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July 16
1925 - Actor Harry Carey files patent on the original 160-acre Saugus homestead he'd purchased in 1916 (now Tesoro Del Valle) [story]
Harry Carey


| Wednesday, Jan 16, 2019
An aerial view of the Skyline Ranch development in the Santa Clarita Valley, June 14, 2018. Photo: Stephen K. Peeples.
An aerial view of the Skyline Ranch development in the Santa Clarita Valley, June 14, 2018. Photo: Stephen K. Peeples.

 

In his first budget proposal last week, California Gov. Gavin Newsom proposed an unprecedented series of carrots and sticks that would attempt to both induce and force local governments to plan for – and produce – more housing.

The proposals could potentially have a wide-ranging impact on the state’s system of planning and development, but the budget contained little detail on how these ideas would be implemented.

The biggest carrot is $750 million to local governments — $250 million to up their game on housing elements and $500 million as a reward for building more housing. In the budget summary, Newsom said the state would revamp the Regional Housing Needs Assessmente process and give the Department of Housing & Community Development a more significant role in enforcing regional housing goals.

The biggest stick – but one that will be difficult to achieve – is his proposal to withhold transportation funds from local governments that don’t achieve housing production goals. In his freewheeling budget press conference Thursday, Newsom said: “If you’re not hitting your goals, I don’t know why you get the money.” (Although Liam Dillon’s Los Angeles Times article on Friday is good source for the overall picture, his live Twitter feed from Thursday gives a vivid real-time account of how Newsom talked about housing at the press conference.

Though the budget summary does not include details on how Newsom will implement his proposed new carrots and sticks, it does lay out a sweeping set of changes in general terms.

These include:

* The $750 million for local governments on housing, including $250 million for planning.

* A complete revamping of the state’s RHNA and Housing Element process under the direction of HCD. Maybe the most important words in the budget summary on this topic are these: “HCD will be taking a more active role in housing element reviews. Moving from an advisory role, HCD will now oversee and enforce regional housing goals and production. HCD will determine a methodology for allocating housing needs to regions and local jurisdictions, with local input.”

* $500 million for the development of moderate-income housing.

* A vastly expanded state low-income housing tax credit program.

* An ambitious proposal to use the state’s own surplus property for affordable housing especially since development on such land does not require local approval.

* Modest changes to the Enhanced Infrastructure Finance District program, including eliminating the voter requirement and pairing EIFDs with federal Opportunity Zone investment opportunities. Newsom stopped short, however, of a proposing a new or expanded tax-increment program to benefit housing.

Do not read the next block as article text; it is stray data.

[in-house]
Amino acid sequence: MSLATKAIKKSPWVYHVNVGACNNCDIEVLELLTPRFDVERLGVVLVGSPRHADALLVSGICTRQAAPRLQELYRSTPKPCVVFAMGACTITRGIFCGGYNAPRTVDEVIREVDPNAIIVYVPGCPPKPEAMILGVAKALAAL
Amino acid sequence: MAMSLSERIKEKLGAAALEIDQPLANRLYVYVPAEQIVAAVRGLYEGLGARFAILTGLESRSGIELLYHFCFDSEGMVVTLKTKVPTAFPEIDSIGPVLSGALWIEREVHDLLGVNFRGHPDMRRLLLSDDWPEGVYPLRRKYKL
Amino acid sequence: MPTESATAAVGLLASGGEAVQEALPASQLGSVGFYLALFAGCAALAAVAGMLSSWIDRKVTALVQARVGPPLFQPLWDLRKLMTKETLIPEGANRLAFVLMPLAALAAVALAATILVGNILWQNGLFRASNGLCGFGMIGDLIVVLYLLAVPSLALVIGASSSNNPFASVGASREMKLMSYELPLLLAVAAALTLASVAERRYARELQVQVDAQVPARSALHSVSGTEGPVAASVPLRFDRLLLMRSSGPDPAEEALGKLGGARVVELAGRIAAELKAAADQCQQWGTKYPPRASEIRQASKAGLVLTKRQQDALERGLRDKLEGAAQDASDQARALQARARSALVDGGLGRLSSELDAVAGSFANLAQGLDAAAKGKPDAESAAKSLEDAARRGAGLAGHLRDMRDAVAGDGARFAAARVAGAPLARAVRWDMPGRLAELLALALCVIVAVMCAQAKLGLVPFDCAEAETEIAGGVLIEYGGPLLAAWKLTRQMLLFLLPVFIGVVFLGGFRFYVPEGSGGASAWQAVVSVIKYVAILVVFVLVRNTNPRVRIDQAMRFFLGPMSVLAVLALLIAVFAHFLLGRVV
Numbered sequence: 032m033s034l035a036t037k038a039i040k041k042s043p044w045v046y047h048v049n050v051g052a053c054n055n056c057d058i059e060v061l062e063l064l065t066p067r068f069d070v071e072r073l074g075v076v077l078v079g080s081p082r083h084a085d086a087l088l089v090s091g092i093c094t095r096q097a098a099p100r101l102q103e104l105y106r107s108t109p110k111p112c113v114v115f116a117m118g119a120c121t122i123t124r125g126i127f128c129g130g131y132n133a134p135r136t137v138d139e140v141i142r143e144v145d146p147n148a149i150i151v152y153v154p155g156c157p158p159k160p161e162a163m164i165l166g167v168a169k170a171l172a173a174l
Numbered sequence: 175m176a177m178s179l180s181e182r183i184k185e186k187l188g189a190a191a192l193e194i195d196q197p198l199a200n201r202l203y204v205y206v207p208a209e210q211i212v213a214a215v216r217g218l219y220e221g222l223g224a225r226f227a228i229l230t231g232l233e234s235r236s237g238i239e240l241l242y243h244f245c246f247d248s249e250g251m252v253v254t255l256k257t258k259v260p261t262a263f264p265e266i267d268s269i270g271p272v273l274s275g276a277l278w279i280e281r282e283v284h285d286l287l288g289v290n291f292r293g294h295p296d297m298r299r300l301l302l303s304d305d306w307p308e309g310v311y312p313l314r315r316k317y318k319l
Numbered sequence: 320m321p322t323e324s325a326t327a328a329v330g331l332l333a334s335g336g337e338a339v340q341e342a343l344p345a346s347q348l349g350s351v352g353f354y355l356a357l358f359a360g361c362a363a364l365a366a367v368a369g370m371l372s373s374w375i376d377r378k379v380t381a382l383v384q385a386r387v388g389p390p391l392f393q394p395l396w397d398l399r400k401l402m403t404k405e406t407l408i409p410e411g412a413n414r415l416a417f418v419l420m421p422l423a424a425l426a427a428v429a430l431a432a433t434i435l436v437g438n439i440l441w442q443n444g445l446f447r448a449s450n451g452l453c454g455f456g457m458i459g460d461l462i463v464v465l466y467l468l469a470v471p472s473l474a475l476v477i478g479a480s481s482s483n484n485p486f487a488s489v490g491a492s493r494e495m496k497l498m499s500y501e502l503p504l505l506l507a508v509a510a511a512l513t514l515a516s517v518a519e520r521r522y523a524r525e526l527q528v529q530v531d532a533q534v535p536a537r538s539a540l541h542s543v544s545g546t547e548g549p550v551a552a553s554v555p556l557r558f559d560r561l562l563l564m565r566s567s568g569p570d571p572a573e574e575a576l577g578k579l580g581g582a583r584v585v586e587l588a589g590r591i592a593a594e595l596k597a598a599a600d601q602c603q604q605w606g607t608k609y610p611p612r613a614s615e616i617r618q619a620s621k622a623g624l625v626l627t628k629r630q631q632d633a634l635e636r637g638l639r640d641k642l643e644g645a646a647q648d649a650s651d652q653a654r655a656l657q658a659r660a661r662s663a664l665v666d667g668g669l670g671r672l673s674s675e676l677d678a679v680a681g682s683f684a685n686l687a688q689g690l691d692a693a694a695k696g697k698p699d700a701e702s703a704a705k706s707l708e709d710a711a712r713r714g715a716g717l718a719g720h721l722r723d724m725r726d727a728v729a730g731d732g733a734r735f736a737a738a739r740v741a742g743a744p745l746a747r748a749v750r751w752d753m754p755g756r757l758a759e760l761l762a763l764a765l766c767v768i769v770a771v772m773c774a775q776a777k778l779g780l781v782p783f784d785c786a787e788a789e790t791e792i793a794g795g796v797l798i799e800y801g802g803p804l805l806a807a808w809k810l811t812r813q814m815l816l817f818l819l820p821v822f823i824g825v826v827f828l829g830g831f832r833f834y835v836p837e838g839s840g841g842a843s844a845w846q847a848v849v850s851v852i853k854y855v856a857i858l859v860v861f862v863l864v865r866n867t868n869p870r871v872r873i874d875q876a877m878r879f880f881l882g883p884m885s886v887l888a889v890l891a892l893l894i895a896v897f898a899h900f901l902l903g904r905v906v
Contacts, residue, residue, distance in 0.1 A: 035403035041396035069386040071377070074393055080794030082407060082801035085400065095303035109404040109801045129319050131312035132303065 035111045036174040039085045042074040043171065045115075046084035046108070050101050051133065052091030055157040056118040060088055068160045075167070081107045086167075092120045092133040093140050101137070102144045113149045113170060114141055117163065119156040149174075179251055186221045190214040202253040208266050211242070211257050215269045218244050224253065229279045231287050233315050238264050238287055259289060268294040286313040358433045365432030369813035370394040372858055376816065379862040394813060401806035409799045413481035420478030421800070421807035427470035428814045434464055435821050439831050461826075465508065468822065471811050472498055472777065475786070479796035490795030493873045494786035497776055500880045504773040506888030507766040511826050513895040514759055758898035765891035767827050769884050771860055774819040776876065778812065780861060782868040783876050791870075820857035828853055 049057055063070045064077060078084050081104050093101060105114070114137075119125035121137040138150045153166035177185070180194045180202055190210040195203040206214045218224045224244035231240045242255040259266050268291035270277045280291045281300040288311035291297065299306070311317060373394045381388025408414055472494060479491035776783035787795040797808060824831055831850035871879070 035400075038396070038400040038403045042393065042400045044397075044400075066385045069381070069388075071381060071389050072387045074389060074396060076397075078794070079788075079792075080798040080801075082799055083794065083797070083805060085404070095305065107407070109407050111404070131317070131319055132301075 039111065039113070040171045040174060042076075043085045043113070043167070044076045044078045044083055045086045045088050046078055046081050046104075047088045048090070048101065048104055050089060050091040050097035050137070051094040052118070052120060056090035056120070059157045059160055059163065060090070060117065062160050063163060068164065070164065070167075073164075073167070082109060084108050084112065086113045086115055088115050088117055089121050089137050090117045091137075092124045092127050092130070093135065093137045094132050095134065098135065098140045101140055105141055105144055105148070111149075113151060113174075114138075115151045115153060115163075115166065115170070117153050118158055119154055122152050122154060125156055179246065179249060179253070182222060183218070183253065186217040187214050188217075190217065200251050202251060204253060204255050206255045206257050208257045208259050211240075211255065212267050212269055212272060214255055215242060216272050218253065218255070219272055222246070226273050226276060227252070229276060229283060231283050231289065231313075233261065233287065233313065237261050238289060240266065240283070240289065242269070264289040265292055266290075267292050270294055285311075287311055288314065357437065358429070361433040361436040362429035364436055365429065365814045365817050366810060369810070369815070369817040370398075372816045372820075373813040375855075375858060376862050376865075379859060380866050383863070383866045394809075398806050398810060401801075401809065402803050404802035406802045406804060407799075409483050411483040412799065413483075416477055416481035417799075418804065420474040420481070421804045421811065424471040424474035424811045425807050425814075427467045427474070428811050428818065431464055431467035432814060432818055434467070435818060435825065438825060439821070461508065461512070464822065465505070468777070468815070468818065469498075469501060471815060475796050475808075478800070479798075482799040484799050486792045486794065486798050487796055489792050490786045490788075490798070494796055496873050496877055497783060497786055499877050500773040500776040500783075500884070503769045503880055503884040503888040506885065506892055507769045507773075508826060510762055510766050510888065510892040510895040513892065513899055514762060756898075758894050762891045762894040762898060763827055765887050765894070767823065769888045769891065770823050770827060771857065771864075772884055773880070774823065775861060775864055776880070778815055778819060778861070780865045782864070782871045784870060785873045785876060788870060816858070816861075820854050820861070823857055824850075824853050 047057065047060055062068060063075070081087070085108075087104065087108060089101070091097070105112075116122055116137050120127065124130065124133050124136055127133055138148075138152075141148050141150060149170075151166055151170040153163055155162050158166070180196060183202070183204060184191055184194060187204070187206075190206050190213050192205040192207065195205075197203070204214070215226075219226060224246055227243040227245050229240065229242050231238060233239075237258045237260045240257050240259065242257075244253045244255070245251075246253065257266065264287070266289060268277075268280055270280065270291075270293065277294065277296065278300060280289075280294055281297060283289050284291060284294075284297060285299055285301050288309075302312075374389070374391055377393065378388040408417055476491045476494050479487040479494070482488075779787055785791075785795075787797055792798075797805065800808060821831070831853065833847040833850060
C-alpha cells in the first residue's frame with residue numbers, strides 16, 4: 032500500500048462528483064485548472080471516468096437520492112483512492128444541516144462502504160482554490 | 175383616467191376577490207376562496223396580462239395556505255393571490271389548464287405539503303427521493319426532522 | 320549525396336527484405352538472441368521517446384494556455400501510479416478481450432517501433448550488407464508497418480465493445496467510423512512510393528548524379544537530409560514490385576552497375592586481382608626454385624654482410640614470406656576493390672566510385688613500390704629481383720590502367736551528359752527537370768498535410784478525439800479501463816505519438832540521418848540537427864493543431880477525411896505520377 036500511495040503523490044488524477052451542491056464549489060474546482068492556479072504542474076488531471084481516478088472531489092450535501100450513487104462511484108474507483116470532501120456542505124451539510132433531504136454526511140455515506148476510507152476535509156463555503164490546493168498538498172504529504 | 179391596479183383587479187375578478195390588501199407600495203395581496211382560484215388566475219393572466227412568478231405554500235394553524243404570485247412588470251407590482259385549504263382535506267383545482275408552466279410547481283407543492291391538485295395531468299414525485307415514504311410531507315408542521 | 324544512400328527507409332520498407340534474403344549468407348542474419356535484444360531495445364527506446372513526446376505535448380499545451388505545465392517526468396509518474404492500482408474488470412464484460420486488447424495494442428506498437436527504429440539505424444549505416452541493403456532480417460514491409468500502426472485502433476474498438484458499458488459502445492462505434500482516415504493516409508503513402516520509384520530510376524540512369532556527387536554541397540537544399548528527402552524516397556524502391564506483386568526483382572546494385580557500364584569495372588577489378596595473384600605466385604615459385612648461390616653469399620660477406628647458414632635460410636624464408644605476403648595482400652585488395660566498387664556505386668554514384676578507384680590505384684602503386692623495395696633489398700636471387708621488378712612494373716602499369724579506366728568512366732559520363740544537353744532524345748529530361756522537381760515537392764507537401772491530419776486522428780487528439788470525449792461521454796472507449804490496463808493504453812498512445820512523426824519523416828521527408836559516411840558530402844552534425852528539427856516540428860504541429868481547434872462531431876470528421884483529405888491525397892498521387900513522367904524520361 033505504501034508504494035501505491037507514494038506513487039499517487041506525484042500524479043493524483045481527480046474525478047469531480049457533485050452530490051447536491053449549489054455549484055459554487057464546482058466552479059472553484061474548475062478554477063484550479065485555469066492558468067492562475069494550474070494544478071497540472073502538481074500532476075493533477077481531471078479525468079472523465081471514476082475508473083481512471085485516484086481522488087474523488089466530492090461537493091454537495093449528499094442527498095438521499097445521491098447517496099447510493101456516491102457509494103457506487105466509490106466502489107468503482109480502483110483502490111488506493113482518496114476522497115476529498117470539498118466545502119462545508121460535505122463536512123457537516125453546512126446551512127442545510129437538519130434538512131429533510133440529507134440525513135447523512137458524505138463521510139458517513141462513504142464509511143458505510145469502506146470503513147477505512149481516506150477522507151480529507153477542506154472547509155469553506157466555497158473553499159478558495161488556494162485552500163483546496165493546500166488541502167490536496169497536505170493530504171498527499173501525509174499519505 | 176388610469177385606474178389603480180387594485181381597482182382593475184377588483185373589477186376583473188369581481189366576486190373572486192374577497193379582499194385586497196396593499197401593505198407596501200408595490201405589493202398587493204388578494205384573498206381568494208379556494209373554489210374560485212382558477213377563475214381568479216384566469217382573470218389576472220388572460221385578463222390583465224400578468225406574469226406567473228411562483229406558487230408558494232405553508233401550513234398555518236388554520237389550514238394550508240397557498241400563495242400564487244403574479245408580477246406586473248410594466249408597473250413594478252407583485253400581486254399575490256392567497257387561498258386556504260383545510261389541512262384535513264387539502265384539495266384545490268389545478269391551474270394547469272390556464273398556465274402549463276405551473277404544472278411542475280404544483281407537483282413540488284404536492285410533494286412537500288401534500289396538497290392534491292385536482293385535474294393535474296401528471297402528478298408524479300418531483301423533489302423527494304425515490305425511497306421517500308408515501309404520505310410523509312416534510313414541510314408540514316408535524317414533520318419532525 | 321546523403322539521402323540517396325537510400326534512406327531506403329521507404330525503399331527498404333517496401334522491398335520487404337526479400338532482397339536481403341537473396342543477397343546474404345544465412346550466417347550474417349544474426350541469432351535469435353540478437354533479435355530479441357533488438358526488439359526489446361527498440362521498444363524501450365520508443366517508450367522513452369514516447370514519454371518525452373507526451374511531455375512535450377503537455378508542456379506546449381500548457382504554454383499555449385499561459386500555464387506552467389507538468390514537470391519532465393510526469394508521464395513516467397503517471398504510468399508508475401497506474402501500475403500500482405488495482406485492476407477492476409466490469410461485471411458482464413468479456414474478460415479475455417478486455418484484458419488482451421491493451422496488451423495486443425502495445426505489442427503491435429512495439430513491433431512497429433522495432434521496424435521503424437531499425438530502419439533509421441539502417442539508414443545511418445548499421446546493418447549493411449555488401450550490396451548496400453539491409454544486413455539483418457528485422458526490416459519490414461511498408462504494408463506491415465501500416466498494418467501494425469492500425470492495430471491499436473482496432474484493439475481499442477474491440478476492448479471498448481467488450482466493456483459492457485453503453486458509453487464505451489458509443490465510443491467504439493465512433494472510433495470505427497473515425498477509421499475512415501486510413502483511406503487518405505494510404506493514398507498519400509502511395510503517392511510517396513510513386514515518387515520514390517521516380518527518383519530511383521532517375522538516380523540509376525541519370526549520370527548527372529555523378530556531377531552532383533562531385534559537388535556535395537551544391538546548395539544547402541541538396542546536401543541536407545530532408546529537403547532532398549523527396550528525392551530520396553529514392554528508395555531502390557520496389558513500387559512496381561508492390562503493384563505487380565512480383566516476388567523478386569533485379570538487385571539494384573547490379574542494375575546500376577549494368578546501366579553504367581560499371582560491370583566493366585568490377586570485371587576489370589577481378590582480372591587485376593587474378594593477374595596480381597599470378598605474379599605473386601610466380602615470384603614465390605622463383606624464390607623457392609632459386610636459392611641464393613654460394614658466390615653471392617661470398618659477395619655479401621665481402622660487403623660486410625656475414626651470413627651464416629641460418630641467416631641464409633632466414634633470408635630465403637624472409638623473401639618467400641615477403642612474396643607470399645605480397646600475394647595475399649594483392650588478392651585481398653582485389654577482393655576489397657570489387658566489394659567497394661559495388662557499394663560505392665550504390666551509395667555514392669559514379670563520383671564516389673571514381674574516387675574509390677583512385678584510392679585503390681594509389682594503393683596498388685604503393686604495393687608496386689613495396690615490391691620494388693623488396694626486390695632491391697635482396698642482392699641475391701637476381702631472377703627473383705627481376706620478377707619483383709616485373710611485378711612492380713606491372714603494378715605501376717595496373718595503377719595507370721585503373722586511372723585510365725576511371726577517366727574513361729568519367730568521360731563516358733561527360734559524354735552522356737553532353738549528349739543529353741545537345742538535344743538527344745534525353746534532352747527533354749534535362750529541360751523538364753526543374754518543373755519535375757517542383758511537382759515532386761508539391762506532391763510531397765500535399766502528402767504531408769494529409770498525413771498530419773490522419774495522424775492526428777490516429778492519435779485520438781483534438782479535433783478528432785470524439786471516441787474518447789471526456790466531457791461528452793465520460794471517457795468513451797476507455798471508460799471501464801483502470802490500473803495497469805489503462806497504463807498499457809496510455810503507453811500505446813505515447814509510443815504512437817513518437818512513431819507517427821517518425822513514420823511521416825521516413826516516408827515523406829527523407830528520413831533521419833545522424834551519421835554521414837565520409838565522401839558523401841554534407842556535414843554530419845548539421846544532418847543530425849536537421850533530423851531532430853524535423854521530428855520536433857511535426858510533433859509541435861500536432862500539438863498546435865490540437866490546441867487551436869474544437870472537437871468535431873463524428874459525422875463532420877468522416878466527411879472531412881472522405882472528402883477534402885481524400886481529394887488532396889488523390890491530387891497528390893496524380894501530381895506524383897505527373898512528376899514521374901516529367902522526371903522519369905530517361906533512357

This article first appeared on the California Planning & Development Report website. Republished with permission.

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3 Comments

  1. Richard says:

    Please widen the 14 and 5 fwy before you think of building new homes in Santa Clarita. Also please resolve the traffic problems on the street caused by these new homes built after 2010. The corner of Sierra Hwy and Golden Valley are a nightmare just to get to the 14fwy between the hours of 5am-9am. Once these problems are fix then build.

  2. Bryon says:

    How about WATER!!! We are in a constant drought (though after one year of rain, government liberals proclaim, “DROUGHT OVER!”, until the next year of no rain.) We have been required to ration our water use.

    Where is all that water for all those developments going to come from?

    Please do tell…

  3. I Virginia Kennelly says:

    New low income housing, build, build, build! What about existing low income housing? Maintenance and upkeep costs keep increasing, rents keep increasing despite this 6 month moratorium, 3 % cap for 6 months but only 2.8% COLA increase, homelessness still continues! Permits not taken out as no inspectors to do much needed inspections for numerous violations! More community imput without fear of EVICTION!

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SCV NewsBreak
LOCAL NEWS HEADLINES
Tuesday, Jul 16, 2019
Smith Partners with LACoFD, LASD for Wildfire Preparedness Town Hall
Assemblywoman Christy Smith, D-Santa Clarita, chair of the Joint Legislative Committee on Emergency Management, will partner with the Los Angeles County Fire Department (LACoFD) and Los Angeles County Sheriff’s Department (LASD) for a Wildfire Preparedness Town Hall Meeting in the Santa Clarita Valley.
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